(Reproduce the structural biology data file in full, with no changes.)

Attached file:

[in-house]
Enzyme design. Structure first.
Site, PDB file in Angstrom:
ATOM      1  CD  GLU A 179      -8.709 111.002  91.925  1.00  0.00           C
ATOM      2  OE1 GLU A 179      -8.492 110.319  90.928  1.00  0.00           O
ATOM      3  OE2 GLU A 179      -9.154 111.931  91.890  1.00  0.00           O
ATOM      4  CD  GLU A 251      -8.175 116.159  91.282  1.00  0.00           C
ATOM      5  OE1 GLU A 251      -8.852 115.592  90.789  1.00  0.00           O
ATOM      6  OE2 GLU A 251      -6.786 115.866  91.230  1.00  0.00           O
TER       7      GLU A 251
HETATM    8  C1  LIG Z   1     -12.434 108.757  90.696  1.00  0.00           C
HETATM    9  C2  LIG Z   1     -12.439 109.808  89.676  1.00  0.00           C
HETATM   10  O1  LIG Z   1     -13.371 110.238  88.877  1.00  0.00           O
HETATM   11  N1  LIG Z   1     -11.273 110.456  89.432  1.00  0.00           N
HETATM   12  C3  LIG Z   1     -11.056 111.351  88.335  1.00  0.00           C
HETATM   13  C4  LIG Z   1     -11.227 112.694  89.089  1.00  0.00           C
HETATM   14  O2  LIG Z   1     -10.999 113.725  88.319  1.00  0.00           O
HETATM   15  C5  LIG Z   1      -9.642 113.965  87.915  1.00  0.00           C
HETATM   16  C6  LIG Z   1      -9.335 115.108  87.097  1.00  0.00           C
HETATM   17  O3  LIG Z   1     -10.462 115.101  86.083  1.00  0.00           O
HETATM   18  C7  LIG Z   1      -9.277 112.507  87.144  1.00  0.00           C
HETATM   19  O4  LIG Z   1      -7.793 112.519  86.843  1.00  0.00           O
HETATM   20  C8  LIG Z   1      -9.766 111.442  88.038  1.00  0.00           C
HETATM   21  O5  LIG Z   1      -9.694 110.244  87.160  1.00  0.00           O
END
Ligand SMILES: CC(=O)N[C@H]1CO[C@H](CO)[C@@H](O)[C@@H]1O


[in-house]
Enzyme design. Structure first.
Site, PDB file in Angstrom:
ATOM      1  CD  GLU A 179      -8.709 111.002  91.925  1.00  0.00           C
ATOM      2  OE1 GLU A 179      -8.492 110.319  90.928  1.00  0.00           O
ATOM      3  OE2 GLU A 179      -9.154 111.931  91.890  1.00  0.00           O
ATOM      4  CD  GLU A 251      -8.175 116.159  91.282  1.00  0.00           C
ATOM      5  OE1 GLU A 251      -8.852 115.592  90.789  1.00  0.00           O
ATOM      6  OE2 GLU A 251      -6.786 115.866  91.230  1.00  0.00           O
TER       7      GLU A 251
HETATM    8  C1  LIG Z   1     -12.434 108.757  90.696  1.00  0.00           C
HETATM    9  C2  LIG Z   1     -12.439 109.808  89.676  1.00  0.00           C
HETATM   10  O1  LIG Z   1     -13.371 110.238  88.877  1.00  0.00           O
HETATM   11  N1  LIG Z   1     -11.273 110.456  89.432  1.00  0.00           N
HETATM   12  C3  LIG Z   1     -11.056 111.351  88.335  1.00  0.00           C
HETATM   13  C4  LIG Z   1     -11.227 112.694  89.089  1.00  0.00           C
HETATM   14  O2  LIG Z   1     -10.999 113.725  88.319  1.00  0.00           O
HETATM   15  C5  LIG Z   1      -9.642 113.965  87.915  1.00  0.00           C
HETATM   16  C6  LIG Z   1      -9.335 115.108  87.097  1.00  0.00           C
HETATM   17  O3  LIG Z   1     -10.462 115.101  86.083  1.00  0.00           O
HETATM   18  C7  LIG Z   1      -9.277 112.507  87.144  1.00  0.00           C
HETATM   19  O4  LIG Z   1      -7.793 112.519  86.843  1.00  0.00           O
HETATM   20  C8  LIG Z   1      -9.766 111.442  88.038  1.00  0.00           C
HETATM   21  O5  LIG Z   1      -9.694 110.244  87.160  1.00  0.00           O
END
Ligand SMILES: CC(=O)N[C@H]1CO[C@H](CO)[C@@H](O)[C@@H]1O